The dinner menu dives deep into a variety of fish preparations. All are served with a cabbage and lettuce salad, like a light, mayo-free slaw, as well as rice and a choice of flour or corn tortillas. If you miss the traditional trappings of a ‘Mexican’ restaurant, refried beans, chips, and avocado slices can all be ordered as sides.

For Jarocho’s spin on paella, the rice is cooked in a lobster broth and served with clams, mussels, fish, calamari, and shrimp.

Fillets and whole fish, ranging from tilapia to golden trout, to red snapper, pompano or the day’s catch, as well as langostines, shrimp, and Spanish octopus are grilled and steamed and sautéed. There’s even paella. But don’t miss the whole snapper.

The snapper is flash-fried, creating a perfectly crispy skin and tender, flaky flesh. Served with a choice of garlic or chipotle sauce (hint: always go garlic), this is the epitome of beachside dining. No one will look askance as you tear into it with your fingers if need be. Pro-tip: Don’t skip the cheeks. Some of the most tender, flavorful nuggets are found there.

Want to try something that rarely appears on a Kansas City menu? Be adventurous and order the Spanish octopus in ink. It’s a seamless fusion of Mexican and Spanish cuisine. The octopus is sautéed with fresh tomatoes, onions, garlic, cilantro, and just a pinch of oregano. Add a teaspoon of octopus ink imported from Spain, as opposed to the more typical squid ink, a touch of butter. Et voila! The jet-black concoction is briny but fresh, the octopus tender, while the fluffy rice soaks up the resulting sauce. The dish is somehow comforting, yet exotic.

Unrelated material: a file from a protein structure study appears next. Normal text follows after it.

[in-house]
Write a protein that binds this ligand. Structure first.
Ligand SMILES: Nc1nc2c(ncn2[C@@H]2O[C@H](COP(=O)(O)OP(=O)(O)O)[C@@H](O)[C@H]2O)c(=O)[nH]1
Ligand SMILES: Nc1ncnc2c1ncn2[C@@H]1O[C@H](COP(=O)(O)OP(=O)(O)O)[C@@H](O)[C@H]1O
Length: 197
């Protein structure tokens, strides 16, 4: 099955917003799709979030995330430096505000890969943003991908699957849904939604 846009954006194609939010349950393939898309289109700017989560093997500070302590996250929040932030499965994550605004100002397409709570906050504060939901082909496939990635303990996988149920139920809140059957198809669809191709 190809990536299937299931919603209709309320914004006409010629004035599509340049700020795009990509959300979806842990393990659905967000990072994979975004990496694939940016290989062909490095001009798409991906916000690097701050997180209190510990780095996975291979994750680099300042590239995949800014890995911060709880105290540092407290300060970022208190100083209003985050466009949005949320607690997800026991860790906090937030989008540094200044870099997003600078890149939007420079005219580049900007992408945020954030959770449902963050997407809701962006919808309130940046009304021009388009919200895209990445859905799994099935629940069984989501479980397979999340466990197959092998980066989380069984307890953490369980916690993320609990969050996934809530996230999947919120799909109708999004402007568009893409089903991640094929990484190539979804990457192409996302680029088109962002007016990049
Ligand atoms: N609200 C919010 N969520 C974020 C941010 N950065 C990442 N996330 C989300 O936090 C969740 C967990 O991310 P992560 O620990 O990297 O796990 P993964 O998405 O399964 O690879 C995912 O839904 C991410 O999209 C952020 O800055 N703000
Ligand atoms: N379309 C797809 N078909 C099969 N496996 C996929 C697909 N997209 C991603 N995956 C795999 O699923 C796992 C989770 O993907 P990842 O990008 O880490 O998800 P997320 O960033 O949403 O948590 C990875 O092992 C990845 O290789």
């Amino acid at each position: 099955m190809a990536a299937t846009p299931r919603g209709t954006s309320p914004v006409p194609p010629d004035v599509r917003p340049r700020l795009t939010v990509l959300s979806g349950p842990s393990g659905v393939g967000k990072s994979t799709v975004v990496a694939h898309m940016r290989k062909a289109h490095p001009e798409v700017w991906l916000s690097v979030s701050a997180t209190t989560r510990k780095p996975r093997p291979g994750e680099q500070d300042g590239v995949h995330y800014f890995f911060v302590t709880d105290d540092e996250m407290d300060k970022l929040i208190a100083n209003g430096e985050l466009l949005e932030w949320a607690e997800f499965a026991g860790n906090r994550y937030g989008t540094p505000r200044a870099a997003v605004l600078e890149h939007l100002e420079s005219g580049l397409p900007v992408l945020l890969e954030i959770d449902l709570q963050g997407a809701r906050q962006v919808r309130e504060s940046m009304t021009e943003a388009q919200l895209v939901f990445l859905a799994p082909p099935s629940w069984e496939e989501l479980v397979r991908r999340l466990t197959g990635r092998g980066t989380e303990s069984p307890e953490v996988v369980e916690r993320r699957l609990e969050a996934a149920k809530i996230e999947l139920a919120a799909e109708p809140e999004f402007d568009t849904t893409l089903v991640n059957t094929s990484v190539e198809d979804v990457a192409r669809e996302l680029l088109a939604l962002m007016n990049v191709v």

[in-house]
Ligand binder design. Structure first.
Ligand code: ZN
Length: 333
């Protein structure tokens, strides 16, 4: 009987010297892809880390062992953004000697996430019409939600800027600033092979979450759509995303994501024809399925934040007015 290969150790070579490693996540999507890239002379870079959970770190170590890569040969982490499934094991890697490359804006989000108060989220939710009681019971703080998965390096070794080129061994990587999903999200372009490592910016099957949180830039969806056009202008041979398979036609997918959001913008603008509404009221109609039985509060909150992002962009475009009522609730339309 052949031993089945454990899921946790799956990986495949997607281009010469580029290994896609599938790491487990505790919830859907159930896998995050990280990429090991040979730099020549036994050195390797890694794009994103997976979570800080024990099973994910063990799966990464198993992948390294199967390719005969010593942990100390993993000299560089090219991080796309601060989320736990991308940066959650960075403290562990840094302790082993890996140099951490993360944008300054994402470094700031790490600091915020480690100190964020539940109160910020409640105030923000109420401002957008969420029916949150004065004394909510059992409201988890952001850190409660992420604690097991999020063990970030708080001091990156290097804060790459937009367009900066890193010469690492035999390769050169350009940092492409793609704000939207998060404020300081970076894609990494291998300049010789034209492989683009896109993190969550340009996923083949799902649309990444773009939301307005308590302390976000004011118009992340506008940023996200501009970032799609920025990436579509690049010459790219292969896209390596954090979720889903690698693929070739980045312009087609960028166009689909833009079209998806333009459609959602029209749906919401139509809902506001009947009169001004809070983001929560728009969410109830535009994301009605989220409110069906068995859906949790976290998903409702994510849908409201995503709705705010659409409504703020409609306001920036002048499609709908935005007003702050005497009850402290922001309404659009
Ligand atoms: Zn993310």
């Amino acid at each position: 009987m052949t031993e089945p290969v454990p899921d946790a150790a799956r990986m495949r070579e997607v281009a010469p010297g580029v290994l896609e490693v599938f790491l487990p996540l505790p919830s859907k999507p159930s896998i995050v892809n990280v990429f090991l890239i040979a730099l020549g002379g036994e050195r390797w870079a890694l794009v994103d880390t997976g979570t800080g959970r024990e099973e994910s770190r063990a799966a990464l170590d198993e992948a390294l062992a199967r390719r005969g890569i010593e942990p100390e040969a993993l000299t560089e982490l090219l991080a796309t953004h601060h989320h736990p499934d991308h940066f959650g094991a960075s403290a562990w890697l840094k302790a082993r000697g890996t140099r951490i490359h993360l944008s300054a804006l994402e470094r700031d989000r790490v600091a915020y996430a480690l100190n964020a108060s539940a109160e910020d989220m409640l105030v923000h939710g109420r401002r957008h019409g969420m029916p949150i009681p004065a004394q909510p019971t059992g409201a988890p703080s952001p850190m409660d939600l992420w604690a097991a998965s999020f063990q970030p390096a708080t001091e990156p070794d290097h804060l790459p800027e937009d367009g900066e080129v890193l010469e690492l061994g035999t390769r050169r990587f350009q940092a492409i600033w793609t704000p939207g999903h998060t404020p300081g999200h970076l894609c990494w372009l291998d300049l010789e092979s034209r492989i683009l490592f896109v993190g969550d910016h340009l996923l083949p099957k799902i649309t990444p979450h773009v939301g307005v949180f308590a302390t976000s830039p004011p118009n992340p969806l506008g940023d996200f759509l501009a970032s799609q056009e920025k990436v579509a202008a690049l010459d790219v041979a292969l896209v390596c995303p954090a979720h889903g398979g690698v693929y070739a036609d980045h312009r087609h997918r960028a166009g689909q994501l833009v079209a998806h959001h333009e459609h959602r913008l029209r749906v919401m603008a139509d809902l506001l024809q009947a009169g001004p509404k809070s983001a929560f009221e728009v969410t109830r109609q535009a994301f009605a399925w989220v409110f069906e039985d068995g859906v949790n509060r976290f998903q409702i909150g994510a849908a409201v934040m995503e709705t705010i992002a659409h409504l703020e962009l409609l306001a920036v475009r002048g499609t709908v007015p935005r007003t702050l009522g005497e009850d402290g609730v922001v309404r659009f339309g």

For dessert, fried ripe plantains are the perfect slightly sweet finish. Sliced and served with a bit of crema, the plantains have just a little kick from the addition of house-made chipotle seasoning. Falcon plans to expand the dessert menu to include Mexican flan. As a self-confessed lover of all things savory, he’s introducing desserts that incorporate that passion.

If you want it all, come for the Sunday brunch. The buffet holds traditional Mexican favorites, such as chilaquiles, pork Roja, potatas bravas, and eggs with peppers and onions. But the real reason to come for brunch is the seafood. The brunch price includes all-you-can-eat oysters on the half shell, ceviche, and whole fried red snapper. Add an all-you-can-drink option (for a separate charge) that includes sangria, margaritas, bloody marys, and mimosas, and this could be the start of an epic Sunday Funday.

A single slice of jalapeño floats atop the Ready Fire Aim cocktail.

Chef Falcon also offers an omakase, or chef’s choice, with reservations. The omakase starts at six courses and features his most creative treatments of the day’s freshest catch. Drink pairings are available as well but not included in the price.

Falcon says that he settled in Kansas City because the people are so warm and welcoming. Jarocho and Jarocho South are a thank you of sorts from the home that he left to the home that he found—bringing the sea to the prairie.

Jarocho South is located at 13145 State Line Road, Kansas City, Mo. For menus, hours, and reservations, visit jarochokc.com.